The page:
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Financial Focus

FRENCH central bank chief Christian Noyer lashed out at the UK economy yesterday, saying Britain’s sovereign should be downgraded before any cut to France’s gold-plated credit rating. Noyer’s unexpected attack drew responses from Number 10 and the Treasury. Prime Minister David Cameron pointed to the “credibility” granted by the UK’s low bond yields and his government’s plans to reduce the mammoth annual deficit.

A TORRENT of natural disasters in which about 30,000 people lost their lives has cost the worldwide economy a record £226bn ($350bn) this year, according to figures published yesterday. Earthquakes, hurricanes and floods wrought havoc, leaving homes, businesses, bridges and roads devastated.

FRANCE’S two biggest banks were among eight downgraded by ratings agency Fitch yesterday. Fitch hit BNP Paribas, Société Générale, Deutsche Bank, Credit Suisse, Barclays, Bank of America, Morgan Stanley and Goldman Sachs with downgrades to their viability ratings and long-term issuer default ratings. Fitch said the banks were “particularly sensitive to the challenges the financial markets face”.

MARKETS:

THE FTSE 100 staged a modest rebound in thin volumes yesterday, with battered insurers and oil stocks boosted by some short-covering ahead of today’s futures and options expiries. The FTSE ended up 34.05 points, or 0.6%, at 5,400.85, a shade below the 50% retracement of the October-November move that it crossed in intra-day trade. The index had extended gains in the afternoon as strong economic data from the United States suggested that the world’s largest economy is improving and might drive corporate earnings growth on this side of the Atlantic.

U.S. weekly claims for jobless benefits fell to a three and a half year low, and factory activity in much of the country’s Northeast picked up this month, data showed on Thursday. However, the rally was short lived, with market players saying they were reluctant to move back into equities until there is some visibility on Europe’s progress in resolving its sovereign debt crisis.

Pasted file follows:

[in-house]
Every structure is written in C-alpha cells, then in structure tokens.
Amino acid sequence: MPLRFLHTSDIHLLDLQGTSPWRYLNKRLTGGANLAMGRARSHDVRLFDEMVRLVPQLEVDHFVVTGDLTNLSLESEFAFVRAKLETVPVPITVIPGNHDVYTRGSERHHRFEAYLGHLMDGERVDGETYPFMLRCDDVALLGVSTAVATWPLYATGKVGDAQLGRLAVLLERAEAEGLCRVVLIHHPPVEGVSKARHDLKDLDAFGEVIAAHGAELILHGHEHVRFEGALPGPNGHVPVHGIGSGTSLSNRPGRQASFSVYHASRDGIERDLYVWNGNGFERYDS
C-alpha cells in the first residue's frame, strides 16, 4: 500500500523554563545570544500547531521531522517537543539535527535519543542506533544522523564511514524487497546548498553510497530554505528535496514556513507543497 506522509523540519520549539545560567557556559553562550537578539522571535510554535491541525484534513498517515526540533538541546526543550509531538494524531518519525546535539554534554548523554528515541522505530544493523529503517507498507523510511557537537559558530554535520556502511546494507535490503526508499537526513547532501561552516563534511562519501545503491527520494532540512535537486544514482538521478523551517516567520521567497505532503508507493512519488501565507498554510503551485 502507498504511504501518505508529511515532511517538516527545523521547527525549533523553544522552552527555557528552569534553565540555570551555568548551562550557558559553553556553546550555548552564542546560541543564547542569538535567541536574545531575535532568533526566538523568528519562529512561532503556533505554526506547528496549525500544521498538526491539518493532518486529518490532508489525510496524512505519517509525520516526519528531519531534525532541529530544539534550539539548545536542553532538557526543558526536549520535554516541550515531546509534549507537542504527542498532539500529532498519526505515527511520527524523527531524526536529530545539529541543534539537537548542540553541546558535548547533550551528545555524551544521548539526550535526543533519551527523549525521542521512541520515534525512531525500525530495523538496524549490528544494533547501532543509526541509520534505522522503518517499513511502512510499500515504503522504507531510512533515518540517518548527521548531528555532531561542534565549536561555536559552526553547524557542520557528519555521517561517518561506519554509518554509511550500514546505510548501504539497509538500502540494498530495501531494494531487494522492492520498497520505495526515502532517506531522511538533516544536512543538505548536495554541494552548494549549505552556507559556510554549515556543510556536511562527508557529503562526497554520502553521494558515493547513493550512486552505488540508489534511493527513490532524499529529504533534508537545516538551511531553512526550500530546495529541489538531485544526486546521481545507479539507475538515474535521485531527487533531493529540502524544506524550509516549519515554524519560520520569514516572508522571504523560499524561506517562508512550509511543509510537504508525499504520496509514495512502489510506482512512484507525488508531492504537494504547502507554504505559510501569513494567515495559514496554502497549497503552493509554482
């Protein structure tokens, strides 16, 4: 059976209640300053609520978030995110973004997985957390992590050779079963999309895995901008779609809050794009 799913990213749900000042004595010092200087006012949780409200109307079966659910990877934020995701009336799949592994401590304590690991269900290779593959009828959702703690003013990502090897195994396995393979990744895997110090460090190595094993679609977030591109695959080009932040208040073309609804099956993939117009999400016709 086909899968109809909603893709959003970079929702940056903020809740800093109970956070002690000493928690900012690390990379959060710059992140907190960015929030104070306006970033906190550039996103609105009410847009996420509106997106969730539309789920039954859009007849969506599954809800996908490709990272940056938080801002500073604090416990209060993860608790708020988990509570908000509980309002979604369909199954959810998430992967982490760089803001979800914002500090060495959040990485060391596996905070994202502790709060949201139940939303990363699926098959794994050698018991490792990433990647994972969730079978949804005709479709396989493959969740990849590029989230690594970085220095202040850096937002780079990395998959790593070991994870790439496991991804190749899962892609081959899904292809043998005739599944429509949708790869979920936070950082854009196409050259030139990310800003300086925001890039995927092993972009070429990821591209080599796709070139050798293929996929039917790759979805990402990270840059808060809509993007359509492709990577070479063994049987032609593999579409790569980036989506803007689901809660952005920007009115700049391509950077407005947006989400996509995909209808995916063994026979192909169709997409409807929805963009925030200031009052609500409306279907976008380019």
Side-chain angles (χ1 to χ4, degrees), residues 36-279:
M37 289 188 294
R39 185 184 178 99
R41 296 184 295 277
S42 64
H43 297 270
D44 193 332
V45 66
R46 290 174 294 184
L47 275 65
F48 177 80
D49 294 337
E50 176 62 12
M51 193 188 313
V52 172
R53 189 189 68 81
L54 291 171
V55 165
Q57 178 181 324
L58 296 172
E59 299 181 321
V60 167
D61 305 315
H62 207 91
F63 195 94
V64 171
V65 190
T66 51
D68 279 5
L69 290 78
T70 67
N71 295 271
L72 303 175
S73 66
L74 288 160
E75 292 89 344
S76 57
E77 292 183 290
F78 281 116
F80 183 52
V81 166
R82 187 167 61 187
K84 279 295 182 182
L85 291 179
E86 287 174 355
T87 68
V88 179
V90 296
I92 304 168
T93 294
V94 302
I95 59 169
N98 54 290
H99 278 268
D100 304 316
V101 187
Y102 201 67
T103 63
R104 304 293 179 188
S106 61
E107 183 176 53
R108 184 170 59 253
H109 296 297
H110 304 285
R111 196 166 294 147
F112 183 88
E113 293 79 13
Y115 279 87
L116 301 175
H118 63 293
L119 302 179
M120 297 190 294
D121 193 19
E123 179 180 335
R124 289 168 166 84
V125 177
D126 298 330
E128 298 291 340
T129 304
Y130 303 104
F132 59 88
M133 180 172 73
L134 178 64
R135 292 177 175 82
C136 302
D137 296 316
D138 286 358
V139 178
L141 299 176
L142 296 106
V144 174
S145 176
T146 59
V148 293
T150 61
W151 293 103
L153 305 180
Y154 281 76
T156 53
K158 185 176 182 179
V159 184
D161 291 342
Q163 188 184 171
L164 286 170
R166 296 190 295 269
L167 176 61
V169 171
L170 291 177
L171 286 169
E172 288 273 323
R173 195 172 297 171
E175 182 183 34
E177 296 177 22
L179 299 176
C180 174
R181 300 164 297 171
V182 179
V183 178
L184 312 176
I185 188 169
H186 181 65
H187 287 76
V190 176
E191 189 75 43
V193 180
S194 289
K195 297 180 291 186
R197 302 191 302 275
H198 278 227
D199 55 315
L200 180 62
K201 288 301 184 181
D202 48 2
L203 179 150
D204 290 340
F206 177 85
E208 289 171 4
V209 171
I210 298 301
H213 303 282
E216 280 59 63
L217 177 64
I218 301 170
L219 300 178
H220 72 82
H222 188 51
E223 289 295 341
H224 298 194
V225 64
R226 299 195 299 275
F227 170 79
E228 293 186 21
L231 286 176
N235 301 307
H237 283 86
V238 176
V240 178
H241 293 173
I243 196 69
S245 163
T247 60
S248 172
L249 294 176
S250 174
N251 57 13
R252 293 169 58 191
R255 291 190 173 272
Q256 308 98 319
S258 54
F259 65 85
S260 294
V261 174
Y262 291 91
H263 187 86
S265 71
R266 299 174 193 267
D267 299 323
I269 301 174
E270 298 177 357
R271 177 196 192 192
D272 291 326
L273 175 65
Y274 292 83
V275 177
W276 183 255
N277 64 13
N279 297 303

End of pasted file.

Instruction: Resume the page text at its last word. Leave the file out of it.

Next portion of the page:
CURRENCIES:

INDIA’S RUPEE, the worst-performing currency in Asia this year, will post the region’s best returns in 2012 as strategists predict Prime Minister Manmohan Singh’s pledge to open the retail industry will spur foreign investment. Global funds increased rupee-denominated debt by $3.1 billion this month, the most on record, amid speculation that slowing will allow the central bank to stop raising interest rates.

ENERGY:

OIL ROSE from a six-week low as investors speculated that the biggest weekly decline since September is exaggerated. Futures rose as much as 0.5% after falling 1.1% yesterday on Federal Reserve data that showed output at U.S. factories, mines and utilities slid last month for the first time since April. Separate reports showed better-than- expected manufacturing activity in the New York and Philadelphia regions and the lowest jobless claims in three years.

COMMODITIES:

GOLD’S biggest rout in three months means traders are the least bullish since July and Dennis Gartman, the economist who sold the last of his metal on the day the slump began, warned of further declines. Ten of 21 analysts surveyed by Bloomberg expect the metal to gain next week, the lowest proportion since July the 29th. Three were neutral. While bullion’s slide of as much as 9% this week took its drop from the record $1,923.70 an ounce reached in September to almost 20%, the common definition of a market, investors are still holding the most metal ever in exchange-traded products, a wager now valued at $119.2 billion.

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